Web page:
FROM OUR FILES, November 10 2017

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Friday November 9, 2007

Castlehill’s very own superstars

Castlehill primary school pupils have triumphed in the Argyll and Bute Council education awards 2007.

The winners of the biennial awards were announced on Thursday last week at the head teachers’ conference held at the Royal Hotel Oban.

Head teacher Mrs Anne Littleson accepted the award on behalf of the school.

The work that has been recognised as among the best in Argyll and Bute was for the innovative use of Information and Communications Technology to enhance learning and teaching.

This year’s Primary Four pupils won the honour for their work last year when in Primary Three with their ‘I Can Animate Project’ when taught by Mrs Marilyn Moffat.

The work was featured in a full page of The Courier when the children held and open day and workshop to demonstrate their work on computers to their schoolmates and parents.

The children have a trophy and certificate to put on display.  NO_c45files01_2007_Castlehill_primary_Children


Friday November 13, 1992

Direct Action!

Business community to hit back over Tourist Trail snub

Campbeltown’s business community is to take direct action over Kintyre’s omission from the Argyll Tourist Trail.

An appeal has been made to business people throughout Kintyre to write to Argyll and Bute MP Mrs Ray Michie urging her to do everything within her power to resolve the situation.

It is feared the omission will cripple the area’s economic future, hitting every aspect of life.

The urgent campaign is being spearheaded by the South Kintyre Working Group. Secretary of the group, Campbeltown chandler, Mr Ian Silcock said: ‘As no doubt most people are aware, the Tourist Trail signposting recently erected in connection with Argyll pointedly omits Kintyre.

‘This, despite the arduous efforts of local tourist organisations. It is argued by the Scottish Office that Kintyre is not a through route and therefore cannot be signed as a Tourist Trail.

‘What about the option many tourists take of travelling down the east road and up the west road, or vice versa?’


Thursday November 16, 1967

Hunt for prowler: Public asked to assist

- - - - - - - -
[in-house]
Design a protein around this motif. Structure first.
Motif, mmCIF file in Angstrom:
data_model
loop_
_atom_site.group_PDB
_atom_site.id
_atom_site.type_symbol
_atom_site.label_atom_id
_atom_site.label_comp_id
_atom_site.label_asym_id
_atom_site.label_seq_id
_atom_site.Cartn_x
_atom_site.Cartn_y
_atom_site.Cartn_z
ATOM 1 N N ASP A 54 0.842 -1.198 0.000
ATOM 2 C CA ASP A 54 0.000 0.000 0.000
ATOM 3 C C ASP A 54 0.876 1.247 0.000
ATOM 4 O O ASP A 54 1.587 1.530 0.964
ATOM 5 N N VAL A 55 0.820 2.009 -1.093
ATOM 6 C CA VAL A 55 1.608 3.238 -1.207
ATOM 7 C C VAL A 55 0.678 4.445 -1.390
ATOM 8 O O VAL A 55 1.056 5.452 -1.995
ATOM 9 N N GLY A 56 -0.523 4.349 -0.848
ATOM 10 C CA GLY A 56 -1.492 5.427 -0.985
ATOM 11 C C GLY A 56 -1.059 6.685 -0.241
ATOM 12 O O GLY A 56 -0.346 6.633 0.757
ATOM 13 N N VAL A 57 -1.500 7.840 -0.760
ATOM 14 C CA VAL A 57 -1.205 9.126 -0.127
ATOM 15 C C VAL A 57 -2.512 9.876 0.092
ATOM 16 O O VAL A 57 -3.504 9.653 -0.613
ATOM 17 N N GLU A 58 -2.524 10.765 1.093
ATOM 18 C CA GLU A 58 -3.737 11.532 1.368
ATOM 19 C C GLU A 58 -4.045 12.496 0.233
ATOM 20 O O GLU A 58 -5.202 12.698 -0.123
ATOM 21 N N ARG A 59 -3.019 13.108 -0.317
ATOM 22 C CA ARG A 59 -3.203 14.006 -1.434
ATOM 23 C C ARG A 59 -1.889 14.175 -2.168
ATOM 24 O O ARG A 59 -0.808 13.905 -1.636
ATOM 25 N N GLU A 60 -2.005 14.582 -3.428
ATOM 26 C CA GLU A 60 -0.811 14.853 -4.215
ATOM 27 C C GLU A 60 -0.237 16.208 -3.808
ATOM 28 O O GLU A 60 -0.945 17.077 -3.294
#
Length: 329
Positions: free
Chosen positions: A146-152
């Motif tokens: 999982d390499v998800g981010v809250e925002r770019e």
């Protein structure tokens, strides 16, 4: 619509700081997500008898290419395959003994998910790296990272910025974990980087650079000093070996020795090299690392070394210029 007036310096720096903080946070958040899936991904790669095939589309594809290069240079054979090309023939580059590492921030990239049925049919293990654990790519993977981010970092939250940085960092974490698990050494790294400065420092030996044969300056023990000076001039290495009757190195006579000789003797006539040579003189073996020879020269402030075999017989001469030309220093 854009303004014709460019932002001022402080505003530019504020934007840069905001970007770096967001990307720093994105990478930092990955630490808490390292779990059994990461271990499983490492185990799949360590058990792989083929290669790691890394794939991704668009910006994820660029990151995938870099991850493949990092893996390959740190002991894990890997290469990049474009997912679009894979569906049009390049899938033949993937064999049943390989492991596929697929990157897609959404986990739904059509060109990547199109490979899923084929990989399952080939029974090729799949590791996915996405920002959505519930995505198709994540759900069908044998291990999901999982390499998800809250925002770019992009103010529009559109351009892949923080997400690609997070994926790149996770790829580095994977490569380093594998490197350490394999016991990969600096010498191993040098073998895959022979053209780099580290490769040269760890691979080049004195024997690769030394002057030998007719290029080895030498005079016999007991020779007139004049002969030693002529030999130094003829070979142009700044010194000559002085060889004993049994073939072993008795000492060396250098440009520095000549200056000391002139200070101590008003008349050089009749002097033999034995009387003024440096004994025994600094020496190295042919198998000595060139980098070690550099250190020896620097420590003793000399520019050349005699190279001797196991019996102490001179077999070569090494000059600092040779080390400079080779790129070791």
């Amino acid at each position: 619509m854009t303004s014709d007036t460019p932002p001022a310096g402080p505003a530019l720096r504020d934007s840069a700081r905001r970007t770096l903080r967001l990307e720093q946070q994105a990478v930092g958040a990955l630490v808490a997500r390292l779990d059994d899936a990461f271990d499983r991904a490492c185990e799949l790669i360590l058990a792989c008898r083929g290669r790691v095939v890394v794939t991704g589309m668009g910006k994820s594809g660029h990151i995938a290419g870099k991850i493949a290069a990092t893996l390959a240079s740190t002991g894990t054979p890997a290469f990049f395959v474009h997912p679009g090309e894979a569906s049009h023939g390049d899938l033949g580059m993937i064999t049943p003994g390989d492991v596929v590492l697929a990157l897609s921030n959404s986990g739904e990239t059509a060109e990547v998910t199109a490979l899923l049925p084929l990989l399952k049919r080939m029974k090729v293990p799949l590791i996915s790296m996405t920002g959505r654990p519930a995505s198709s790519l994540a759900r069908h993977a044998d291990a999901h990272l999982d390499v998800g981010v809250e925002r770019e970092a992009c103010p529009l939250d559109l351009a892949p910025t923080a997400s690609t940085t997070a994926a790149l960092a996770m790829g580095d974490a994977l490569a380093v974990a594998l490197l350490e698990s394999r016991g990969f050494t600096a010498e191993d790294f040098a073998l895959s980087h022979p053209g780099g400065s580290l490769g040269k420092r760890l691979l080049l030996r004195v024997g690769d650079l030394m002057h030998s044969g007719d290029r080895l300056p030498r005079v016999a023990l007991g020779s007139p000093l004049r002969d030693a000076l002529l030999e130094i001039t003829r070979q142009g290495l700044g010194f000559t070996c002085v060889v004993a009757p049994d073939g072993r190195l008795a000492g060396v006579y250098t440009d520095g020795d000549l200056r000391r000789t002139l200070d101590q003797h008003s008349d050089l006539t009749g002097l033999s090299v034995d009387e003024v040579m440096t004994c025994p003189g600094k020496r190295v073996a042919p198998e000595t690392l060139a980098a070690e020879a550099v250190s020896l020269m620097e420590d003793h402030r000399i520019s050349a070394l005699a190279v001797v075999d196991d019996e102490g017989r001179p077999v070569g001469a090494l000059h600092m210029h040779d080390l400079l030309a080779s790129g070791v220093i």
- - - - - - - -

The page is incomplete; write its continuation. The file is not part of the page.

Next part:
Campbeltown police are anxious to hear from anyone noticing a man behaving suspiciously after dark.

This appeal follows a number of complaints about a prowler, which culminated in an incident at Glenside at 2am on Sunday.

A 71-year-old woman awoke to find a man in her bedroom. A downstairs neighbour, heard the woman’s screams and ran upstairs. The intruder escaped possibly through a window.

The woman was taken to Campbeltown Cottage hospital suffering from severe shock and bruising. She was later described as quite comfortable.

Argyll’s deputy chief constable, Superintendent Robert Law and detective Inspector Cunningham came at once from county headquarters at Lochgilphead to assist investigations.


Saturday November 10, 1917

The Picture House

A picture-play of a very high order will be shown at the beginning of the week namely: Destiny’s Toy.

The cast is a strong one, and Louise Huff appears to the highest advantage as Nan.

From the synopsis we glean that the steamer in which a banker has sent his wife and child abroad goes down in a severe storm.

Inquiries from the three known survivors bring only bad news to the despairing man. The child, however, has been cast ashore and lives.

The poor waif grows up a child of nature, as innocent of the ways of the world at twenty as she was at five.

On the death of her hardy fisherman protector she goes to a city and falls into the hands of a gang of thieves.

All the episodes leading up to how she comes to be restored to the father, who had mourned her as dead, are thrillingly depicted. A series of other good lines are also announced.